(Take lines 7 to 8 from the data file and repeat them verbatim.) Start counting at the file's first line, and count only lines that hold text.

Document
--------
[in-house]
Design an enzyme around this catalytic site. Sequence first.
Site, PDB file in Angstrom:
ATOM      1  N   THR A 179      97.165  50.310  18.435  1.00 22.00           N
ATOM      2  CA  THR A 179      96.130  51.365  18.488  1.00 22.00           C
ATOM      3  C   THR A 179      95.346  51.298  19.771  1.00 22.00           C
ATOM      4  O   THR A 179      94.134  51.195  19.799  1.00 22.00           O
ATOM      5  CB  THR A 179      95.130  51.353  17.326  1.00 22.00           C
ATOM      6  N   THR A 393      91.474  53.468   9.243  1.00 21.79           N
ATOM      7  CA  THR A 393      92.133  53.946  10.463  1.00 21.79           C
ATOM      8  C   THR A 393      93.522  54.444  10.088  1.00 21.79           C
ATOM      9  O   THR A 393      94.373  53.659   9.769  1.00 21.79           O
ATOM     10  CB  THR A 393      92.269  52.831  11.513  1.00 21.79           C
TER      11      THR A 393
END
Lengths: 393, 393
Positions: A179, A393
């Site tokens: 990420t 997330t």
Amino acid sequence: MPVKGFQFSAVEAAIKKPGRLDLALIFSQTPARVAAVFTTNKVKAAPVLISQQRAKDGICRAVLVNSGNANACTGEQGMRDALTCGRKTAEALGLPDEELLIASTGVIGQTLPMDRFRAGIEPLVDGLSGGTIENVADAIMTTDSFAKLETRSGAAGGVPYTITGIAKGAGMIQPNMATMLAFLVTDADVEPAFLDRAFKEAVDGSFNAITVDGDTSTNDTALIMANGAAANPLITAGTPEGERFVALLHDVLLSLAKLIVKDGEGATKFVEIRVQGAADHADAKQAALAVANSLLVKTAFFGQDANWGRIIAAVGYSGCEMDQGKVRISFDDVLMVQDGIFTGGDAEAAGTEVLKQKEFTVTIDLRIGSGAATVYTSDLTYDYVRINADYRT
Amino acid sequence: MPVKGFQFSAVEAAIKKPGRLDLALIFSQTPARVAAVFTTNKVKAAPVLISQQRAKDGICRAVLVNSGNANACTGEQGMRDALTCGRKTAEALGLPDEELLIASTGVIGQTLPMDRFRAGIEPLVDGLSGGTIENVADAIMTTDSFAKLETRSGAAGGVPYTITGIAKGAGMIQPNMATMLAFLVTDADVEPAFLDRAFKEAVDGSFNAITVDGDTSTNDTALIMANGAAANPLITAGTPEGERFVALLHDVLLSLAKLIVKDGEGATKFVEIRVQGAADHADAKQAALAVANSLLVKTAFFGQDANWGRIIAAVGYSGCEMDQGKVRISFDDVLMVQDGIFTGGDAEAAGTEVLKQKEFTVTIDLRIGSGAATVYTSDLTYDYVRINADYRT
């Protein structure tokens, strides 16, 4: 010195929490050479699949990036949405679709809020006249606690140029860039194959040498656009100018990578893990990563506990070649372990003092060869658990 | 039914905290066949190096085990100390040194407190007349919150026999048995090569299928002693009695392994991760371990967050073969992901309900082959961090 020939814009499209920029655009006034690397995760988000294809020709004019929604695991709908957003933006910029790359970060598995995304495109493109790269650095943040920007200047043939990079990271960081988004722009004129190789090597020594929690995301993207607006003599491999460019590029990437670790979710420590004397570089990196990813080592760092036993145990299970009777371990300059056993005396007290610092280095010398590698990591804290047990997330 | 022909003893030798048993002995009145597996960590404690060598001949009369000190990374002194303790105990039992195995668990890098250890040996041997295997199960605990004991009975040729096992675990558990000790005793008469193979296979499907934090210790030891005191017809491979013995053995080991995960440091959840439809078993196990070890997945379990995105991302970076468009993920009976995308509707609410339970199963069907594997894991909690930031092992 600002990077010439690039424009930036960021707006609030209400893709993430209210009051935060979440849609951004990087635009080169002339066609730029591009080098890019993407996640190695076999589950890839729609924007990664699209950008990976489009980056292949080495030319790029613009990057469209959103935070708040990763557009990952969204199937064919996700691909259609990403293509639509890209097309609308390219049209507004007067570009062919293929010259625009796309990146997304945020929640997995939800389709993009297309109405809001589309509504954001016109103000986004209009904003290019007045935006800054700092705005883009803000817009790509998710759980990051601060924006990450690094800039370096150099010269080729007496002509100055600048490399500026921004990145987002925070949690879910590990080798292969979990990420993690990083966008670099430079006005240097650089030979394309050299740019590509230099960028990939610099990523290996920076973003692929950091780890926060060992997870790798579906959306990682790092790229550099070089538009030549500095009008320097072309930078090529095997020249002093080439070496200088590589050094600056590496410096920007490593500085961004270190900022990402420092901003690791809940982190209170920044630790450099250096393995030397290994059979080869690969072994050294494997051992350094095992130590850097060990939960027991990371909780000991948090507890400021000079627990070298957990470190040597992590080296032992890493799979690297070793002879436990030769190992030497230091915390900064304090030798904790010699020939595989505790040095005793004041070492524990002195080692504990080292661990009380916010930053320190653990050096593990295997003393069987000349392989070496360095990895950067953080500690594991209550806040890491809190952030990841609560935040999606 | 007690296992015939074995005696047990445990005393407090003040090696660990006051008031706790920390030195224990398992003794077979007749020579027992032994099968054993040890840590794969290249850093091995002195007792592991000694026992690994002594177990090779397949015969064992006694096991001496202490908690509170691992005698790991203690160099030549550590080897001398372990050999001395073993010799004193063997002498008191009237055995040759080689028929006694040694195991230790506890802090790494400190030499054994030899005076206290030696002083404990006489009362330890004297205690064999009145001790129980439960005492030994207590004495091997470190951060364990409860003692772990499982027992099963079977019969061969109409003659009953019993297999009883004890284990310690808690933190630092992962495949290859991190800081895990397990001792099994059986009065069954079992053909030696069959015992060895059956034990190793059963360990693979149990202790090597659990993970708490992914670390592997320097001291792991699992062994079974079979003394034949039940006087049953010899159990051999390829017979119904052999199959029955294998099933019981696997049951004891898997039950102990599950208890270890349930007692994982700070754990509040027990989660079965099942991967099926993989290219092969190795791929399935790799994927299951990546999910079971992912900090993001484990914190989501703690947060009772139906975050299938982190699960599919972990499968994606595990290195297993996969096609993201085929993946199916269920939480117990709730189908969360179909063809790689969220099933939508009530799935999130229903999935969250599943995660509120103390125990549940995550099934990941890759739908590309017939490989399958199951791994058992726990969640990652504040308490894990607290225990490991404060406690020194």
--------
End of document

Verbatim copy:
ATOM      4  O   THR A 179      94.134  51.195  19.799  1.00 22.00           O
ATOM      5  CB  THR A 179      95.130  51.353  17.326  1.00 22.00           C